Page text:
French director and writer Luc Jacquet is best known for March of the Penguins (2005), which won an Academy Award for Best Documentary Feature in 2006. He has made around thirty films, most of which are documentaries.
Man and nature reconciled
In March 2018, French film director Luc Jacquet, who won an Oscar for his documentary March of the Penguins (2005), travelled to the Galápagos with French photographer and film director Sarah Del Ben on a scouting trip for a future film project. They were accompanied by experts from UNESCO's Man and the Biosphere Programme (MAB). This is their experience.
This morning, as I walked through the alleys of Santa Cruz, I saw an old man reading his newspaper. A sea lion casually kept him company, sitting on the same bench. A little further away, men just back from fishing were selling fresh fish that would be eaten the same day. I continued on my way, meeting passers-by, tourists and iguanas. Walking only a short distance away from the alleys, I could see children playing around century-old giant turtles, which were grazing peacefully in the grass.
I've travelled the world, but I've never before witnessed such proximity between different species, except perhaps in Antarctica. These places, so far from everything, are ultimately the last sanctuaries of harmonious life between humans and nature. And yet, in both cases, living conditions are extreme.
In the arid lands of the Galápagos, burned by the sun and so hostile to life, human activity and biodiversity are not in conflict. One has the impression of being in a life-size laboratory and witnessing the brilliant demonstration that it is possible for humans and animals to live together – as long as we put in place sound resource management policies that allow ecosystems to survive. The archipelago should serve as a model for the rest of the world, on how to bridge the gap we have created between ourselves and other living beings.
Participating in the conservation of ecosystems is always a complicated task. But above all, we must learn to know and love them. If each of us does this, using our talents and know-how, I am convinced our collective efforts will bear fruit. I deeply believe that this collective energy will enable us to move towards a way of life in which we will no longer be colonizers, but managers – and towards a society that appreciates the value of the planet on which it lives.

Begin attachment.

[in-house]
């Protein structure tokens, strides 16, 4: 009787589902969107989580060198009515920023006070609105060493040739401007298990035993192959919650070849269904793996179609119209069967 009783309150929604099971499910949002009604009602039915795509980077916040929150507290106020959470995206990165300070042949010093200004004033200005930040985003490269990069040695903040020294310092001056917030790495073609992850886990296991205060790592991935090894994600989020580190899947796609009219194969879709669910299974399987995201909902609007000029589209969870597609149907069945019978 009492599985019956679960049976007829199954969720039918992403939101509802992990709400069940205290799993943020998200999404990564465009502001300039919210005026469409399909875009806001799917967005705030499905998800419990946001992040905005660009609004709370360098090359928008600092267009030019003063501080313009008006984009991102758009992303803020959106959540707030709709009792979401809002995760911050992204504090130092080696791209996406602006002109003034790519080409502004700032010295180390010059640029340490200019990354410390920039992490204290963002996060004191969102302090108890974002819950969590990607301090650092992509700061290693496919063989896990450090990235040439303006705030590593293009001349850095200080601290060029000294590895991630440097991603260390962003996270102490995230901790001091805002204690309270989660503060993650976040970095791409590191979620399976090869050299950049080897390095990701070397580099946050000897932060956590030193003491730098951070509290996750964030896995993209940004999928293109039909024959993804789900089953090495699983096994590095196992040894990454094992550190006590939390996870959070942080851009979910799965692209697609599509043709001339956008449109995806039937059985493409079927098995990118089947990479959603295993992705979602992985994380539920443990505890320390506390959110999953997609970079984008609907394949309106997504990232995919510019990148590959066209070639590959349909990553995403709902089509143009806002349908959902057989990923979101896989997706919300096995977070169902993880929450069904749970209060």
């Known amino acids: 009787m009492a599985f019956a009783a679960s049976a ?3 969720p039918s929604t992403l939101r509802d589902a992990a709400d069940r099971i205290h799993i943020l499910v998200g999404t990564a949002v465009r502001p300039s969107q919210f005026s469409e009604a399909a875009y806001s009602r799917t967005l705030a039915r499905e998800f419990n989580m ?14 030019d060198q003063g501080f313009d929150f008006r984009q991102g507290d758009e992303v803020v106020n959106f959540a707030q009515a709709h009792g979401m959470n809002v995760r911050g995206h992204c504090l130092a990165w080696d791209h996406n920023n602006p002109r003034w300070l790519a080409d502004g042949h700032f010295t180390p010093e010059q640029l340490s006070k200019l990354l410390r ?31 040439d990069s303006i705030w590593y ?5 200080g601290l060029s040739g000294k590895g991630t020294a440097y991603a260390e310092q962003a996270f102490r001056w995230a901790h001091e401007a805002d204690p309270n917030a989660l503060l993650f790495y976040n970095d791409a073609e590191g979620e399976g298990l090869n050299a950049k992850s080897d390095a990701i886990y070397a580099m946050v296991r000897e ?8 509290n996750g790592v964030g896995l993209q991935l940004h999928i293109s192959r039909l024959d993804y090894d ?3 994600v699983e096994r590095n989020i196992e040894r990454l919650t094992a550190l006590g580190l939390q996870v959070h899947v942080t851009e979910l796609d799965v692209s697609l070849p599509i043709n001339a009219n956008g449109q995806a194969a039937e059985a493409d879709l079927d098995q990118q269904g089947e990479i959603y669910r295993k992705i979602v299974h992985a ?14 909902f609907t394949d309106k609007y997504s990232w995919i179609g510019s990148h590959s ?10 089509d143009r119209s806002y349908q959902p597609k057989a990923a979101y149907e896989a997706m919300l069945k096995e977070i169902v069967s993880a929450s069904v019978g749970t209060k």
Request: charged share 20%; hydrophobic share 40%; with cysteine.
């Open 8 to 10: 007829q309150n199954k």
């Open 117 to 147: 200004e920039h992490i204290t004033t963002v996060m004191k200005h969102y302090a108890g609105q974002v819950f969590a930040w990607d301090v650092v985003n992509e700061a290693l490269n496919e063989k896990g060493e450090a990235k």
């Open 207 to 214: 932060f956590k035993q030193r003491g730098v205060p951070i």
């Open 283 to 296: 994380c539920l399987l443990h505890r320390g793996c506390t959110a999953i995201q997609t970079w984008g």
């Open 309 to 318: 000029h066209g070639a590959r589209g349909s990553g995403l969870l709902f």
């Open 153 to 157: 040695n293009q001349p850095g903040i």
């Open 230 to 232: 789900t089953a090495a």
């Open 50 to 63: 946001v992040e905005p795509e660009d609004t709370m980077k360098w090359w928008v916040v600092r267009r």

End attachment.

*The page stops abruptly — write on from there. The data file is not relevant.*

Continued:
For my part, I am fortunate to have the know-how that allows me to play the modest role of mediator between science and the general public. I can make images that convey messages with an effectiveness that is now proven. And I put this know-how at the service of the planet. That is why I want to support the UNESCO-MAB Programme – its aspirations are in line with mine. Its philosophy is based on an idea that I fully endorse, that of living together.
Cinema is a wonderful tool for awakening awareness. It uses the language of emotion and metaphor. Far from indulging in a moralizing or guilt-laden discourse – which has been proved to be relatively ineffective – a film acts on both the hearts and minds of its audience. It thus incites them to appropriate things of nature – because of their beauty, because of their interest, or simply out of curiosity.
Climate change and the loss of biodiversity are complex issues. Cinema is able to make them accessible to the public by translating them into stories that are both simple and universal in scope. This is how it opens this first door that leads us onto the path of awareness.
And when we are on this path, we understand what an illusion it is to imagine for a moment – and yet the last four or five generations of human beings have done it – that we can live, cut off from nature. We come from nature and we need nature for things as basic as breathing, drinking or eating. But we also need nature so that we can dream.
This article marks the 30th session of the MAB Council in Palembang, South Sumatra, Indonesia, 23-28 July 2018.